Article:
Backcountry Skiing the Pfeifferhorn Couloirs.
Backcountry Skiing the Pfeifferhorn Couloirs in Little Cottonwood Canyon Utah. A classic mountaineering challenge of the Wasatch. The Pfeifferhorn was once called the Little Matterhorn because of its similarities to the Matterhorn. The now named Pfeifferhorn this iconic peak of the Wasatch has everything, big views, big exposure, big approaches, to big skiing. A trip up here is part endurance sport, part mountaineering challenge, part backcountry skiing, and a full on adventure. Yeah Mamma Pie, give me some of this!
To ski mountaineers, backcountry skiing the Pfeifferhorn couloirs are the most sought after couloirs in the Wasatch. They are serious big mountain objectives with you FALL & DIE consequences. Below I describe each couloir, give my experience, and provide photo diagrams to help you seek out your own Pfeifferhorn adventure.
The iconic NW Couloir. The Pfeifferhorn Northwest Couloir is the star of the show. It's part backcountry skiing challenge and part mountaineering challenge. To ski it you'll need and ice axe, harness, carabiners, rope, and a couple of slings. We used a 30-meter rope and came up a few feet short and had to down climb a bit. To ski the NW couloir make your way to the Pfeifferhorn East Ridge. Then skin or boot pack the east ridge to the summit. Spring time the conditions may be too punchy to skin all the way. Because it has direct sun exposure and the snow will rot. We found the rocks offered stable footing on our approach.
Q: Do you know who handles Punchy well..?
Once in the couloir its good skiing. There's enough room to make comfortable turns. Midway down however, it begins to narrow and the pitch steepens. It is very important to stay in control through this section because a fall would send you over a cliff. This is where you want to look for the anchors on the right wall. Clip in and setup your rappel.
When we skied the NW couloir, it was directly following a descent on the North couloir. The North couloir was a serious challenge and w/o a rope the North Couloir felt more exposed for much longer. Maybe I had become accustomed to the exposure by the time we were here in the NW Couloir, but from my perspective the NW Couloir didn't seem as difficult. Granted you must have rope skills to attempt the NW couloir adding to the difficulty level.
The NE Couloir. The Biggest, the baddest, and the scariest of the three Pfeifferhorn couloirs. The NE couloir is the most difficult to find and the most exposed of the three. I would not recommend it to anyone. We at Park City People have "yet" to ski this one so I have no insight on how it might be. It looks scary and I've drawn out the line in preparation for when I do ski it. There is a mandatory rappel midway down anywhere from 80' to 130'. So bring your mountaineering equipment and don't forget your courage for this one. PHOTO ABOVE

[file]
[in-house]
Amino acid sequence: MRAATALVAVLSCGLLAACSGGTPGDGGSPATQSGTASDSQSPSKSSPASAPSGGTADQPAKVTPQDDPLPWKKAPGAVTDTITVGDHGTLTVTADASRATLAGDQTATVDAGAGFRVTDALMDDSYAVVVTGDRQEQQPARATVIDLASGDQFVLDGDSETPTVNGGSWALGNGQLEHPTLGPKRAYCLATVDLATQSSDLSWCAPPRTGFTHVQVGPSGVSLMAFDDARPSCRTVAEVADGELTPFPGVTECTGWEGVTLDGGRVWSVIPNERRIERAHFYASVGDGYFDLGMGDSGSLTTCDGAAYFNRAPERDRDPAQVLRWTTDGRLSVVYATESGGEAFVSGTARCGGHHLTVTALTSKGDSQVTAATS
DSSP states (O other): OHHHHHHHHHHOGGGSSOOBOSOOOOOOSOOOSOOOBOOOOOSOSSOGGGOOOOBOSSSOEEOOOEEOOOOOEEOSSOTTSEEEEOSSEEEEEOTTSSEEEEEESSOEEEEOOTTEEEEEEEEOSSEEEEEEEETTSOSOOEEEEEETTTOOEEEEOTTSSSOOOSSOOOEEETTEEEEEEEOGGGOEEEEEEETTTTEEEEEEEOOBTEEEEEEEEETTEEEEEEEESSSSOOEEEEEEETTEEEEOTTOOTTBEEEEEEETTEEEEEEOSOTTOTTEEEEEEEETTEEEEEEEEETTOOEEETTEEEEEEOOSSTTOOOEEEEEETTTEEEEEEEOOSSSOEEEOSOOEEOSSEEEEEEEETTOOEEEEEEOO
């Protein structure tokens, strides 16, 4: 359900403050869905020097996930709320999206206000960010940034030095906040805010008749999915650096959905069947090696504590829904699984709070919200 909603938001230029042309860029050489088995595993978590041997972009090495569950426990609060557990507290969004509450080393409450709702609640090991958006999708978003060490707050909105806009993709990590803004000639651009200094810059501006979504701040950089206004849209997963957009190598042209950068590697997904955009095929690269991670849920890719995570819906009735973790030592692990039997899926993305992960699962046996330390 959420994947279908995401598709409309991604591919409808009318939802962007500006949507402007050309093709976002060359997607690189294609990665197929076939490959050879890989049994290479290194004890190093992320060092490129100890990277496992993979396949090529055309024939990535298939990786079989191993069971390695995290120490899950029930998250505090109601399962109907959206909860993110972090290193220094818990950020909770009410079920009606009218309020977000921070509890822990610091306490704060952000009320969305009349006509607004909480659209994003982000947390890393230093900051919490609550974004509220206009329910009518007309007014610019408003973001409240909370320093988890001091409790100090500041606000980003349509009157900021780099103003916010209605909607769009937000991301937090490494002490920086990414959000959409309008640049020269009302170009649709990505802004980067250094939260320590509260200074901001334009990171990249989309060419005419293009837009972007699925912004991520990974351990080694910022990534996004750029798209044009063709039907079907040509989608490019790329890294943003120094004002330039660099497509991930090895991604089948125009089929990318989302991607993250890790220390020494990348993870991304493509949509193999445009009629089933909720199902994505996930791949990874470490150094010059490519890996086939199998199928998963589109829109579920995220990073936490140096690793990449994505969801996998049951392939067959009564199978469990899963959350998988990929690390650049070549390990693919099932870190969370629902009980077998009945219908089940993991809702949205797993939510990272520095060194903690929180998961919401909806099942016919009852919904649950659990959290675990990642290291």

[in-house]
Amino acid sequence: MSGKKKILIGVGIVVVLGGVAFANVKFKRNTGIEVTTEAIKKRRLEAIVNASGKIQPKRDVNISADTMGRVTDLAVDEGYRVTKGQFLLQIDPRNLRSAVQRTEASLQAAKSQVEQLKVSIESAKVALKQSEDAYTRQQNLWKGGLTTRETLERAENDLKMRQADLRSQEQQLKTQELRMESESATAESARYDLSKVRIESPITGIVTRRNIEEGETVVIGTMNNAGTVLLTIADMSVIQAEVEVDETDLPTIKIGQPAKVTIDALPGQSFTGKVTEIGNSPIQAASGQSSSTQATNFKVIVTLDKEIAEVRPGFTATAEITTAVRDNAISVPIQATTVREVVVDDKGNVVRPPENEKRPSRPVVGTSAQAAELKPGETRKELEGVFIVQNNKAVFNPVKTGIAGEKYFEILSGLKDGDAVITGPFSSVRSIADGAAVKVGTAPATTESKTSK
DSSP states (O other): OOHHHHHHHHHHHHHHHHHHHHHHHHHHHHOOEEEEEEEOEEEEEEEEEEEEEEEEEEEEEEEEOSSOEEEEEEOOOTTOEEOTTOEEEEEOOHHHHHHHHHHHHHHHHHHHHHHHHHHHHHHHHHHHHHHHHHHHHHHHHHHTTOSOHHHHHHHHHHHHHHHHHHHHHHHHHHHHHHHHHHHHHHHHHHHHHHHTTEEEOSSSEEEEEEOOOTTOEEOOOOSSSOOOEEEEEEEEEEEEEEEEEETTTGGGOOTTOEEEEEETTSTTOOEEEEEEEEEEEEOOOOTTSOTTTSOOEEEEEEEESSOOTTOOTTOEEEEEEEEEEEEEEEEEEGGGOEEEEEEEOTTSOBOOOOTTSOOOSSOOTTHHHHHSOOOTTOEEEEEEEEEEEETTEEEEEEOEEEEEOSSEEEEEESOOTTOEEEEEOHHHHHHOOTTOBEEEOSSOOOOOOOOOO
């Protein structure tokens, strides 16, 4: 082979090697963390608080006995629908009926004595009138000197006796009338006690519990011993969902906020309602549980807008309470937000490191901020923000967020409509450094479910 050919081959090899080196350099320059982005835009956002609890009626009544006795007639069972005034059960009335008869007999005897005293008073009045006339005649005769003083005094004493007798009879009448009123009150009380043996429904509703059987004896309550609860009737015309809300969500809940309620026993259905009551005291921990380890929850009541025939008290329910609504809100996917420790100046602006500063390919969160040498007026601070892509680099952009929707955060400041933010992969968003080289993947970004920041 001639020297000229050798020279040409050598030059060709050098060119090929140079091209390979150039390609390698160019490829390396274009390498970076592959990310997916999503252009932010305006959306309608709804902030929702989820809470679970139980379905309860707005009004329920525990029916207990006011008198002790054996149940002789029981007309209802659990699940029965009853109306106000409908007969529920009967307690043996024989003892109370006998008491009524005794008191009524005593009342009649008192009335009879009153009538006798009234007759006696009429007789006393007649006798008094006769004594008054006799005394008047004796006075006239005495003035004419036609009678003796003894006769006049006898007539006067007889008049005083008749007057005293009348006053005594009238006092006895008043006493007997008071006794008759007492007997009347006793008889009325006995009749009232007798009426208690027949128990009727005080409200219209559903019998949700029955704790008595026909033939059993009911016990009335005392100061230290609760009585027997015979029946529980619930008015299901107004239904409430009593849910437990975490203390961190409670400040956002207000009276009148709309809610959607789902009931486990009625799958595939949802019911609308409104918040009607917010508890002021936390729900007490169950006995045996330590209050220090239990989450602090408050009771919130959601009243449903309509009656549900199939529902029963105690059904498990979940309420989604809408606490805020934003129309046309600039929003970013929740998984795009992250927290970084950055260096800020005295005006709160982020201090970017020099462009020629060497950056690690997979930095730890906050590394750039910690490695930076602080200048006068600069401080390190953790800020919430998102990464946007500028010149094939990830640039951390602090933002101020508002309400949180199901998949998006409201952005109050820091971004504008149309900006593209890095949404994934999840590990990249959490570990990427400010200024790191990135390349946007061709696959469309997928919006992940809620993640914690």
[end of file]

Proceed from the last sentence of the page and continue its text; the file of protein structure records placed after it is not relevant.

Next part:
Backcountry Skiing the Pfeifferhorn Couloirs
Backcountry Skiing Broads Fork in Big Cottonwood Canyon Utah
The North Couloir!
The North Couloir is the most memorable line I've ever skied! Located right there at the base of the mountain the way to access it is to boot pack directly up it. It's way too steep (48degrees) & narrow to skin up. This one has a lot of exposure so you don't want to fall. I'd recommend skiing it with a whippet or ice axe in hand, as we did. We skied it late April and there was a small 3ft rock-drop/cliff in the narrowest section of the couloir. This rock drop may be filled in earlier, or with a high snow fall season. The North couloir is high adrenaline steep and exposed line. No rope is required to ski the North couloir, however you will need to bring an ice axe or whippets. (crampons optional) Backcountry Skiing the Pfeifferhorn Couloirs
How to access The Pfeifferhorn
Start at the White Pine Trailhead in the little cottonwood canyon. The route up to the Pfeifferhorn links 3 summer trails and it's possible to get off track if you're not paying attention. You start from the White Pine TH parking lot and make your way up the White Pine trail until you reach the Red Pine turn off. You cross the White Pine stream and continue up the Red Pine trail for about a mile and a half. Then you're going to head right onto Maybird trail and make your way over the divide that splits Red Pine Canyon from Maybird gulch. The trails climb 2,600ft before you reach the base of the Mighty Pfeifferhorn. If you want to go backcountry skiing the Pfeifferhorn couloirs, you're going to have to earn it.